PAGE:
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From Nick Kew <...@apache.org>
Subject Re: key signing
Date Thu, 11 Oct 2012 17:38:29 GMT

On 11 Oct 2012, at 17:14, Dennis E. Hamilton wrote:

> @Nick
> 
> I don't understand the supposed attack vector concerning the file digests being of no
value and the WoT being essential.
> 
> - Dennis
> 
> ANALYSIS
> 
> So long as the digest value is obtained from a reliable read-only source, it doesn't
matter where the file comes from, the digest can be verified.  This will protect against and
help detect a poisoned mirror site or a third-party redistribution that substitutes an inauthentic
artifact.  That is, in fact, a very big deal and it defends against exploits that happen too
regularly.

In saying "a reliable read-only source, you're glossing over the MITM.
My browser may say foo.apache.org when in fact it's talking to my
evil ISP's proxy.

> If the reliable read-only source is compromised, that means an adversary has managed
to (1) replace the file in Apache custody, and (2) replace the digest that applies to that
artifact.

Yes, for those communicating directly with an apache server.
We can improve the security of that using https, but that too is a
weaker security model due not least to the variable quality of the CAs.

>  (Or just replace the digest and make the authentic file look bogus and the poisoned
downloads look authentic.)

Funnily enough I diagnosed a rather similar issue for my mother only yesterday.
A site at which she's shopped before had evidently been compromised, and the
attacker had sent her email she took for genuine, while she was suspicious of a
'confirm your change of password' email that was almost certainly genuine (but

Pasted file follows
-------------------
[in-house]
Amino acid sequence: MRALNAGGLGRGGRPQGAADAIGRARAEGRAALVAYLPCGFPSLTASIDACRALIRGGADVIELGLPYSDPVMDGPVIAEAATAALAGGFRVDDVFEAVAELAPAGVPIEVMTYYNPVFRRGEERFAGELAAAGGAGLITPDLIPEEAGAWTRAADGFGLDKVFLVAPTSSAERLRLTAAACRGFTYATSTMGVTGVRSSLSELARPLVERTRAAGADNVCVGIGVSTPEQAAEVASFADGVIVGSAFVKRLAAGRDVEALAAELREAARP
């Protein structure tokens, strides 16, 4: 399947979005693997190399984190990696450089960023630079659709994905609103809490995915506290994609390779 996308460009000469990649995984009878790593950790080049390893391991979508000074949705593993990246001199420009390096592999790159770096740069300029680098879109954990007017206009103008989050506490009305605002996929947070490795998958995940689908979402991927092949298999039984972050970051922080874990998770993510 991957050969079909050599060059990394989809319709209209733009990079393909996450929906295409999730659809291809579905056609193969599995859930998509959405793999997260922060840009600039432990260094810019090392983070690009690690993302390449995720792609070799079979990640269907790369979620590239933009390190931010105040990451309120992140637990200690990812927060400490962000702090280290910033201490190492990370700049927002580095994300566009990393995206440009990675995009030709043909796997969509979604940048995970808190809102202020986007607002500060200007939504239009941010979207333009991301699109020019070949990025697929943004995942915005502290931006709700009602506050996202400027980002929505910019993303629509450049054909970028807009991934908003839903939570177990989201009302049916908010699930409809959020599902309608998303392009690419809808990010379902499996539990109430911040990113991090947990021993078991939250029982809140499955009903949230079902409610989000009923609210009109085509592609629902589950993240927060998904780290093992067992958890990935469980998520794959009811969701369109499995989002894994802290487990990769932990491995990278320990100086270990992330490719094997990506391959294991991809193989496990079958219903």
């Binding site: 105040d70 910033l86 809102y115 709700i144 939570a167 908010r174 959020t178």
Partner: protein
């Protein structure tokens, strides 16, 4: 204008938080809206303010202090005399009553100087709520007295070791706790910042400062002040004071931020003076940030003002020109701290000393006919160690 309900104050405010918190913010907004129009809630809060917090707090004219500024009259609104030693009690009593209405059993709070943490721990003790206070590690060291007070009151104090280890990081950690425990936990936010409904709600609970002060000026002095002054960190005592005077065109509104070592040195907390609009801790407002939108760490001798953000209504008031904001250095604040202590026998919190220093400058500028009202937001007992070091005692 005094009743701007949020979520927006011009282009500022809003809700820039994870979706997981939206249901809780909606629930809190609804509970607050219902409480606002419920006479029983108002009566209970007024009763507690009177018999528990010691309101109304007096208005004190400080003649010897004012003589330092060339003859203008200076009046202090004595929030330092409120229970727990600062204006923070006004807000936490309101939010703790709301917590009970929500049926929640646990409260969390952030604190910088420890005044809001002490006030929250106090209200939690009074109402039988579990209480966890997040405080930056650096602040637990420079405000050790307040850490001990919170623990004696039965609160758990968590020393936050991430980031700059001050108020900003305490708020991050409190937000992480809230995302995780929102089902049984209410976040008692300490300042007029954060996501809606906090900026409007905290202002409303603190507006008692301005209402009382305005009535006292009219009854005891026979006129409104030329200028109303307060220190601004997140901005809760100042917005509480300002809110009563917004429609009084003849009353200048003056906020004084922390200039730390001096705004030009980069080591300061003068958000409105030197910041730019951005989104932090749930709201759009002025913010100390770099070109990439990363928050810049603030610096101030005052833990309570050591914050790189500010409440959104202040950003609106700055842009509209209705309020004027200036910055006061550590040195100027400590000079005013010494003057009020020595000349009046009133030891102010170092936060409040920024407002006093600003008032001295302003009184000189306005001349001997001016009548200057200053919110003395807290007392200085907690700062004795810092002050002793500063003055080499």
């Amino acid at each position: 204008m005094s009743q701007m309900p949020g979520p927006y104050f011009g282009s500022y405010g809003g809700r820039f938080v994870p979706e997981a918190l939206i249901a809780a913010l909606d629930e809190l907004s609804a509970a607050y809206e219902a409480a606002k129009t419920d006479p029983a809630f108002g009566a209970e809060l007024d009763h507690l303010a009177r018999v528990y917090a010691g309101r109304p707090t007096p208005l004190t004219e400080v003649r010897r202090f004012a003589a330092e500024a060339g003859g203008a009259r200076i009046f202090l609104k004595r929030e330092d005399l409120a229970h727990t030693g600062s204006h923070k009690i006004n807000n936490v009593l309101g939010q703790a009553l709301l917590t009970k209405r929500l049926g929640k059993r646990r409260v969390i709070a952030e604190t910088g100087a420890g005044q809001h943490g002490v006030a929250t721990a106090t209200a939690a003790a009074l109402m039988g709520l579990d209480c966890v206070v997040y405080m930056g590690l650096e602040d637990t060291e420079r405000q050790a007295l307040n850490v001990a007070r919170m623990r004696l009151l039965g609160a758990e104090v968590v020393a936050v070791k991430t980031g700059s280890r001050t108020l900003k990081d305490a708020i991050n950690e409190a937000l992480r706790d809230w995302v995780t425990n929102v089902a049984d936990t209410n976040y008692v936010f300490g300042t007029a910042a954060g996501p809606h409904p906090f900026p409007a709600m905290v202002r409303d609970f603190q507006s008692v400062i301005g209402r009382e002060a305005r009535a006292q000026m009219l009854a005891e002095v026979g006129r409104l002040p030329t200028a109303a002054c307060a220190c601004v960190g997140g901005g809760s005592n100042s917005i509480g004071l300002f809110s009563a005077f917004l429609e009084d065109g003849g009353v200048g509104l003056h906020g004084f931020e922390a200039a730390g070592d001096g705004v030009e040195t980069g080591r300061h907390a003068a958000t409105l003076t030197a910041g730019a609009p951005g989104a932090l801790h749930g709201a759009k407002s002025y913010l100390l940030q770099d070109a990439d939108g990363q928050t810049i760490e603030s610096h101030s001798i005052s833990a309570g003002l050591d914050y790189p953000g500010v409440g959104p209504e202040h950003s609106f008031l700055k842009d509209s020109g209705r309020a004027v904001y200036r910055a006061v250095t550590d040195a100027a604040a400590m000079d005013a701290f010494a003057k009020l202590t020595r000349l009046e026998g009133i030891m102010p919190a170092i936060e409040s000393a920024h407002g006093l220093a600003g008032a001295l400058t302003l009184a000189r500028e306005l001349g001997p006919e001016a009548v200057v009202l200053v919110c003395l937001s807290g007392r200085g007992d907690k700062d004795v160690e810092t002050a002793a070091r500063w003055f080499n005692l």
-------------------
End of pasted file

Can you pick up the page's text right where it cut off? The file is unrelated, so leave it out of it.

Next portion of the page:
useless).  And the compromise had happened at least a month earlier, as
evidenced by two monthly trojanised 'newsletter's from the attacker.

Anecdotes aside ...

>  If substitution of the file-digest pair is achievable, providing a different external
signature can't be much harder, although the exploit might achieve the intended purpose without
that. Introducing a verifiable external signature that finds a counterfeit public-key certificate
on a key service may extend the ruse a little longer. 

A trojan PGP key is plausible.  Trojanised signatures are possible, though the
bar seems to me to be rising.

But a trojanised chain of trust leading back to a trusted signature?  That raises
the bar a long, long way.  And within the ASF we have a lot of WOT
interconnectedness: to impersonate an ASF key you'd need in effect to
impersonate a whole lot of us.  It's a many-eyes scenario, and those eyes
will tend to route to tech-savvy brains.

I'm at an advantage: when I download an Apache bundle, I can generally
trace a chain of trust back to myself.  If I find something signed by "Dennis
E. Hamilton" but without enough ASF sigs to establish a chain of trust
back to myself, I *will* query it, so an imposter is going to have hijacked
your ASF email if (s)he's going to intercept my query and prevent you or
me raising the alarm.  Add to that other checks (e.g. does the project have
an IRC channel, how old is the key and does that check out, if nothing
checks out then ask the project dev list).  Multiply that by lots of other folks
who check PGP keys carefully, and that's a much higher level of security
than some mere checksum.

> The exploit continues until some Apache folk or security-proficient external party detect
(1) the substitution or (2) a counterfeit external signature or (3) confirms that the external
signature is not verifiable on the substituted file and digest pair.

Not "the signature" .  A whole lot of signatures.  Each with a real person to
notice something is wrong, unlike an unowned checksum.

> I don't see the WoT as much of a factor if this exploit occurs.  It comes down to how
quickly the exploit is detected, the damage detected, and a mitigation put in place.  I assume
that infrastructure defense-in-depth measures have to expose the fact of an exploit, even
if an insider is involved.  At the worst, it might be necessary to recall a release.
> 
> This assumes that the exploit is by exploit against the read-only distribution material
in Apache custody.  
> 
> If the exploit is by tampering with a release prior to its approval, that is an entirely
different problem,

Sure.  If someone we elect as committer smuggles in a trojan, no amount of security
after the event will help.  That's a different issue to the one I thought we were
talking about.

-- 
Nick Kew
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